Julia Gillard, Australia's prime minister, has begun negotiations to form a coalition, after her ruling Australian Labor Party and the opposition failed to win a majority of seats in general elections.
Gillard said on Sunday that she had held preliminary talks with three independents in the House of Representatives, an independent candidate whose seat is not yet assured, as well as the Green party.
Both the centre-left Labor, which has ruled for the past three years, and the conservative Liberal Party-led coalition opposition have conceded that neither is likely to claim the 76 seats needed to form government in the 150-seat House of Representatives following Saturday's poll.
"It is clear that neither party has earned the right to government in its own right,'' Gillard said.
"It's my intention to negotiate in good faith an effective agreement to form government."
However, Tony Abbott, the Liberal leader, said the loss of voter support for Labor that cost the government so many of its 83 seats showed that Australians wanted the government to change.
"It is historically unprecedented for a first-term government to receive the kind of rebuff that the ... government received yesterday,'' he said.
"It's certain that any Labor government emerging from yesterday will be chronically divided and dysfunctional."
While Abbott did not rule out winning the election, he confirmed that he also had preliminary discussions with the independents and the Greens.
Open to negotiations
Tanveer Ahmed, a columnist for the Sydney Morning Herald newspaper, told Al Jazeera that all parties have suggested they are open to negotiations.
"Minority parties and independents have received very strong backing," Ahmed said.
"One would expect the Greens to vote in line with Labor. It's a big win for rural Australians who have previously felt very disenfranchised.
"There is a broader impression that what Australians have voted for is chaos. I think the Australian government is headed for a period of significant uncertainty and possibly another election in the near future."
Tony Windsor, an independent, said he planned to talk with fellow independents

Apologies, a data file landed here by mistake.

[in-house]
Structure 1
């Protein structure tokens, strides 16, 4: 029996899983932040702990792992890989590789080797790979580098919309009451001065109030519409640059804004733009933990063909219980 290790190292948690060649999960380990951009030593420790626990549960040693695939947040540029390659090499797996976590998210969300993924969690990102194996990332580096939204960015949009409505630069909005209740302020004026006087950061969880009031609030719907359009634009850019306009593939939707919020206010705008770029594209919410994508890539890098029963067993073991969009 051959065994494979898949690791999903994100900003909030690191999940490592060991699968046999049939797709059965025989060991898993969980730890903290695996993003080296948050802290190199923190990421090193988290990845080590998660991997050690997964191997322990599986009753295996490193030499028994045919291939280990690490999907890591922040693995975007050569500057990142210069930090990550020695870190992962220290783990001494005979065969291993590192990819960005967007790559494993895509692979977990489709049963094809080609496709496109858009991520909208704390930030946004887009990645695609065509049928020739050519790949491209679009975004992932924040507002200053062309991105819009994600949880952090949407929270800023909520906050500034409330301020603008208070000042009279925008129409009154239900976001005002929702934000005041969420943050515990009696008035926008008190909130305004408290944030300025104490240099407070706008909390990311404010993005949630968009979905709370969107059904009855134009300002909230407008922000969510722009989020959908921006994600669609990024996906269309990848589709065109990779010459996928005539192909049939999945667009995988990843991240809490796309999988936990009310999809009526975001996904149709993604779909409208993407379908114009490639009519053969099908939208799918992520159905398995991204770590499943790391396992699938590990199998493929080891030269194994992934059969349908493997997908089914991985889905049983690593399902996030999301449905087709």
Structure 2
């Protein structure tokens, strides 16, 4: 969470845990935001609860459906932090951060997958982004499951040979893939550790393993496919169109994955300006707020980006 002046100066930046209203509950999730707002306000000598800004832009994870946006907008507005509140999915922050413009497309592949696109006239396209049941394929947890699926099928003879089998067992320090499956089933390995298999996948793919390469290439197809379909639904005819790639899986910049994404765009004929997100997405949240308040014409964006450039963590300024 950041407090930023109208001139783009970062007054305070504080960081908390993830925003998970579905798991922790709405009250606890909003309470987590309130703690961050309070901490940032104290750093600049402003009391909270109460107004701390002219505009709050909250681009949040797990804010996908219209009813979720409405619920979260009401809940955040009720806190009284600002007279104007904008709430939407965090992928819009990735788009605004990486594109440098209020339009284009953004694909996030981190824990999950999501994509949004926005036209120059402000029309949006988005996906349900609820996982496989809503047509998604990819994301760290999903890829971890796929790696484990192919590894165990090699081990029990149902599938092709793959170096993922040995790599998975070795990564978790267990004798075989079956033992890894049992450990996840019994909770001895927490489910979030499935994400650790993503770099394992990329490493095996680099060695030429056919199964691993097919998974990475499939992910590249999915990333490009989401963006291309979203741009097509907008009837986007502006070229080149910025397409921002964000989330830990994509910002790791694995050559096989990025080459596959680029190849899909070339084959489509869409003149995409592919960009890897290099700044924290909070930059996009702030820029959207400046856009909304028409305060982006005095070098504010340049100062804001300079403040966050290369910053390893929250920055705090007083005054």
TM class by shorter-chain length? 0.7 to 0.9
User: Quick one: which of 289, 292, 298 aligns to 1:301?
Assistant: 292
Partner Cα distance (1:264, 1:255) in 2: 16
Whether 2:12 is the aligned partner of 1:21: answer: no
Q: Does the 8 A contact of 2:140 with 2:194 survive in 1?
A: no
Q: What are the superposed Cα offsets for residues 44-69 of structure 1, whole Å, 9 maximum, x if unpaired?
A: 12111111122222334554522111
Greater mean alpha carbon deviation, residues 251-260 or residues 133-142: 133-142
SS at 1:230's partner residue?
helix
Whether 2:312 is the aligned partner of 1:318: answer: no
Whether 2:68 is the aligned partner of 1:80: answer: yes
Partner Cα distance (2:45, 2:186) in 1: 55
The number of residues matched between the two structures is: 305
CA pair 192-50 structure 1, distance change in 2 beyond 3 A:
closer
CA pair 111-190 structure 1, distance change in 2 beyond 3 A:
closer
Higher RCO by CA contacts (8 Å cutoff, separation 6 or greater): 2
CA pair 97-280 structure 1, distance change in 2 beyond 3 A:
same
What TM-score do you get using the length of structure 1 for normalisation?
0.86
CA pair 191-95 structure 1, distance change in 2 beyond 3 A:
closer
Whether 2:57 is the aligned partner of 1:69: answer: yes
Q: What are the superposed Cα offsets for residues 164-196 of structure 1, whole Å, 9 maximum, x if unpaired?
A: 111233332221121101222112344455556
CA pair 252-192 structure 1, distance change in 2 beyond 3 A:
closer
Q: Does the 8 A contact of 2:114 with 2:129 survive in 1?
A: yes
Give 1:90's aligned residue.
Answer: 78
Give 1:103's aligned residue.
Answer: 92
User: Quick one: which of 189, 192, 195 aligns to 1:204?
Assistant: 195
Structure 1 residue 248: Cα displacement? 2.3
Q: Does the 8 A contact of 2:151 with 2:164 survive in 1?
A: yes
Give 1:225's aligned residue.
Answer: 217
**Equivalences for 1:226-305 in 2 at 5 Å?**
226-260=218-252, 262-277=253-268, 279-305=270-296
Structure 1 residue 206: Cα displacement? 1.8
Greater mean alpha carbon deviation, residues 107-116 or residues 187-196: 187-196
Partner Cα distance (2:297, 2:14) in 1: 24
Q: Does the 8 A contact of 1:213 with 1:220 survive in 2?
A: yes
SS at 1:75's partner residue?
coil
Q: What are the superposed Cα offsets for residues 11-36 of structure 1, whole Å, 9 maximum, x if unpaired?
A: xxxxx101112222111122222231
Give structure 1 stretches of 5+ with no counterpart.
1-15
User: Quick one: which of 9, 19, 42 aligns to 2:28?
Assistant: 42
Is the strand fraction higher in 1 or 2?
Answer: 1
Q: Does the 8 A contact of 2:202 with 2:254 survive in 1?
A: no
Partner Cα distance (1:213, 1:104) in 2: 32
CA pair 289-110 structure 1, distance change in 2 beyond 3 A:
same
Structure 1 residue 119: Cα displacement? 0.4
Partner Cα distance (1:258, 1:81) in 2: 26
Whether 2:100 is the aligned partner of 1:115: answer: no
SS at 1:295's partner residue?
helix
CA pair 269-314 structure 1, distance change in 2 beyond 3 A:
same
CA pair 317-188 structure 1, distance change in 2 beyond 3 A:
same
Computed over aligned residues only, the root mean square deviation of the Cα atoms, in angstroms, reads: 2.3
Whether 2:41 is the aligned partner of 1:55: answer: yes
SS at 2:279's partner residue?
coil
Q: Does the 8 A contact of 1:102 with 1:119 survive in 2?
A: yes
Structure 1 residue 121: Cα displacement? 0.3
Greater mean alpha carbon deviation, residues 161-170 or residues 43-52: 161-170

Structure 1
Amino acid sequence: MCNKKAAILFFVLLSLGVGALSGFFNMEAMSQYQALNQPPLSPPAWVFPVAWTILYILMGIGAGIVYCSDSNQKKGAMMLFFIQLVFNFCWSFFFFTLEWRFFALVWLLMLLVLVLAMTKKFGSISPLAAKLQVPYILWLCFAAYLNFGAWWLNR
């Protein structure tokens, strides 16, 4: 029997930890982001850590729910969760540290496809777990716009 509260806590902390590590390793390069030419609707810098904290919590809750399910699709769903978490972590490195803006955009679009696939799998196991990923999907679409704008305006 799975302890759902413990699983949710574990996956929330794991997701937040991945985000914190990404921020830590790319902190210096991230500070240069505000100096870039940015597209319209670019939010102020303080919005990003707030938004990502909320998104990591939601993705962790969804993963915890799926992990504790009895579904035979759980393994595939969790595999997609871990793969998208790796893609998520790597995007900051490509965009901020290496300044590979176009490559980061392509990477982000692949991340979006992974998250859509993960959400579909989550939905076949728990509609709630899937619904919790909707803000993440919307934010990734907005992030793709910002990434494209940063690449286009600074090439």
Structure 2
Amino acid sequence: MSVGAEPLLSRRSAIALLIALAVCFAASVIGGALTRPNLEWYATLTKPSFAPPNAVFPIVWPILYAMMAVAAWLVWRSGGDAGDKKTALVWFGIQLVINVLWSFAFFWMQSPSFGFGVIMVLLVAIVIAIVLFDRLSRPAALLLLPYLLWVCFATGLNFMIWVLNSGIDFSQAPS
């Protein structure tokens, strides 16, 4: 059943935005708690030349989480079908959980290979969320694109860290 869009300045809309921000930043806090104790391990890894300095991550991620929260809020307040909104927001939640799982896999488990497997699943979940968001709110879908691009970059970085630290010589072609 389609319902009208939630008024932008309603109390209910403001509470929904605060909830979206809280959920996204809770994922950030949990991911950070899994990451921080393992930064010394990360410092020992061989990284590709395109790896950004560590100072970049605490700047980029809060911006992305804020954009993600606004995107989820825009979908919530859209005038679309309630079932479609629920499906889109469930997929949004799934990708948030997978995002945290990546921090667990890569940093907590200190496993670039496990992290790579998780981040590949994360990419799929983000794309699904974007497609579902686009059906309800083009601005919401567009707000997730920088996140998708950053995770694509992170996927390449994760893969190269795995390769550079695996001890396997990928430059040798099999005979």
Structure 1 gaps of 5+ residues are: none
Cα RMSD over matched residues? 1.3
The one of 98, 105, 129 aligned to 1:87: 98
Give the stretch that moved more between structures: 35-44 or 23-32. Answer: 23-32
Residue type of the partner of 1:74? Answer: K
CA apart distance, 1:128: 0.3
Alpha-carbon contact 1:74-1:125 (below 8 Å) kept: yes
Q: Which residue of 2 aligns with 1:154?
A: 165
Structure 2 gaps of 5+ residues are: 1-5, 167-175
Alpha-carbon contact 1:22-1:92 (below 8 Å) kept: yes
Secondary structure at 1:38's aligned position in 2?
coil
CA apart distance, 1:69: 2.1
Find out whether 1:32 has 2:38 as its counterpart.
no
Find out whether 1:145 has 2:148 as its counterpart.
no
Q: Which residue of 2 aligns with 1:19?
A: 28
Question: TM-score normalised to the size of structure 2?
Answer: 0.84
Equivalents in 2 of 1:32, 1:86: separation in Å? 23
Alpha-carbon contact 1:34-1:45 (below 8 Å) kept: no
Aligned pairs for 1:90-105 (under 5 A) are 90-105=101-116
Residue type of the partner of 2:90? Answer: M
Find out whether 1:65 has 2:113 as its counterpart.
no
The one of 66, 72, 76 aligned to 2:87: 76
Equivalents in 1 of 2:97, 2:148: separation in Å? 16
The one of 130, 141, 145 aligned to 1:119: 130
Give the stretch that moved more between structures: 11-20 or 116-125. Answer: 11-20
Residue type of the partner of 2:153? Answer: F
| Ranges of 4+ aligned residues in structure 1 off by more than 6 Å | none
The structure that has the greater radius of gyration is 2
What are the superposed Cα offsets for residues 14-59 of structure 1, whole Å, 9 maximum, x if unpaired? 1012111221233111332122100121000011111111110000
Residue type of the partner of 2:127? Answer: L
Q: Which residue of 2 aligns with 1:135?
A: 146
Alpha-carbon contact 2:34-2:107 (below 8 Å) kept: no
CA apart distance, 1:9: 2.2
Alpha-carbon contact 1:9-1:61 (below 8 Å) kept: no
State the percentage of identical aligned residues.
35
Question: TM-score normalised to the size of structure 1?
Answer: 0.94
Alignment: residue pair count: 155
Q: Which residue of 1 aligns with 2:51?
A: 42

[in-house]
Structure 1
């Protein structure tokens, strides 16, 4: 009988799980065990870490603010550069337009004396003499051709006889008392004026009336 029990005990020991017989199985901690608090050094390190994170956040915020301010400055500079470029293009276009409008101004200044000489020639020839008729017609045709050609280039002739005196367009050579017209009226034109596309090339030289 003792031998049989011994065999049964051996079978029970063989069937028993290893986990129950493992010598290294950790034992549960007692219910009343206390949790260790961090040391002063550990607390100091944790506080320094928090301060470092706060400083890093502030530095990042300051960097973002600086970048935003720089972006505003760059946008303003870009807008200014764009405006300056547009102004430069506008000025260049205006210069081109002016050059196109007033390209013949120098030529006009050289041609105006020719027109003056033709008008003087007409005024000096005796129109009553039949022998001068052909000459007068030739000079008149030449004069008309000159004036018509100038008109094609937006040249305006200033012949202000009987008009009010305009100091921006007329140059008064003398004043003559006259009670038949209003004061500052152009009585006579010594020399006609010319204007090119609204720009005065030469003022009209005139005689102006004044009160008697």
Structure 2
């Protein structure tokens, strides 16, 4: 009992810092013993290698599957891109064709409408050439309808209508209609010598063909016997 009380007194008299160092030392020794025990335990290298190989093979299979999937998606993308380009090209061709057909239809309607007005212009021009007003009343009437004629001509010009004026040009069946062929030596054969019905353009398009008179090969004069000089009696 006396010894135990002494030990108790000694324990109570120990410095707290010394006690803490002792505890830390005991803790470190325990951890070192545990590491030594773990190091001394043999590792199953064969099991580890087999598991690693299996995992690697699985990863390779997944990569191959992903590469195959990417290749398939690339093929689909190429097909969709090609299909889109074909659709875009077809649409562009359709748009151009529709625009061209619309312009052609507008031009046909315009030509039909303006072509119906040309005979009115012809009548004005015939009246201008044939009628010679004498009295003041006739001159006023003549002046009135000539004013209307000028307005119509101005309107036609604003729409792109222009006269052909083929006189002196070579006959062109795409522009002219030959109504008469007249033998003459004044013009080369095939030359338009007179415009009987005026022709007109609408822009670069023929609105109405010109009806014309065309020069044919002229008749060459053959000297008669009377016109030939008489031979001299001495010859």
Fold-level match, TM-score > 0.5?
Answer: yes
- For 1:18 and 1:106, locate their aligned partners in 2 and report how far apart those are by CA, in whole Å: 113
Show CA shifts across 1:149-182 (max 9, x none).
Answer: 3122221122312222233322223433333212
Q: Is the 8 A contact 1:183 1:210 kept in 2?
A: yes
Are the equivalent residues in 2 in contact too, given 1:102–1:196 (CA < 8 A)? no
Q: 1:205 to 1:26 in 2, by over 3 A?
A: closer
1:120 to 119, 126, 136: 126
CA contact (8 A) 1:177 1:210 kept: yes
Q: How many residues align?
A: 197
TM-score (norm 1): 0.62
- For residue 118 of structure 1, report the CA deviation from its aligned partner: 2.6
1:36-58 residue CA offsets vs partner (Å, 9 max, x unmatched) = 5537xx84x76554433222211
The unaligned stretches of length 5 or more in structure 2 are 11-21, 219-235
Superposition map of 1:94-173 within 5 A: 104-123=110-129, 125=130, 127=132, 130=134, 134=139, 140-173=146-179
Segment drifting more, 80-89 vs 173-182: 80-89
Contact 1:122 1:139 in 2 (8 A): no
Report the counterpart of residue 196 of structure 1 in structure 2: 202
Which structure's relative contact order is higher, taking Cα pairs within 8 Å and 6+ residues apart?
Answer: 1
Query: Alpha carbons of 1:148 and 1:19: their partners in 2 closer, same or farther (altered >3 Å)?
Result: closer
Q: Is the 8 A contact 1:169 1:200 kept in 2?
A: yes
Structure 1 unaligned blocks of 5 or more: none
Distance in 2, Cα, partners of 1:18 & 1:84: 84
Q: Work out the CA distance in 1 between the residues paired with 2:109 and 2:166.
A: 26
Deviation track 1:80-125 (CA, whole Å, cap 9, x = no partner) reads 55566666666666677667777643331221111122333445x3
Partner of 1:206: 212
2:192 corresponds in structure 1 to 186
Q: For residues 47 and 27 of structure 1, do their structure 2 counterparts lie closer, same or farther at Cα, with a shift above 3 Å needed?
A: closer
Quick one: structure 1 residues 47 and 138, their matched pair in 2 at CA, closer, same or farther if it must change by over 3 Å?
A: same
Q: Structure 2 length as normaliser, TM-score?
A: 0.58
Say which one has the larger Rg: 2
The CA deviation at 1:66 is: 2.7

Bob Katter and Rob Oakeshott by telephone on Sunday to decide on issues
including whether to negotiate a power deal with the major parties as a group
All three were the only independents in the last parliament and all are former members of the Nationals party, which is a coalition partner of the Liberals. But all have said they are open to the prospect of supporting a Labor minority government.
"Whichever side it is, we need to have some stability and maintenance of stability so that the government can actually work,'' Windsor told the Australian Broadcasting Corporation [ABC] television.
"We might end up back at the polls."
Windsor was referring to the possibility of another election if a support pact could not be negotiated.
Bob Brown, the Greens party leader, said no agreement had been reached after a
"cordial'' conversation with Gillard, who was seeking the support of Adam Brandt, the newly elected Greens politician.
Brandt had previously stated his preference for a Labor government.
The Greens won a surge of support from former Labor voters after Labor shelved plans to charge major polluting industries for every tonne of carbon gas that they emit in a bid to curb Australia's greenhouse gas emissions.
The record support for the Greens has increased the party's senate seats from five to nine, giving them the leverage to become kingmaker in deciding which major party controls that chamber.
Andrew Wilkie, a former Greens member, the independent candidate contacted by Gillard, said on Sunday that he would not talk about which party he might support until his own seat was certain.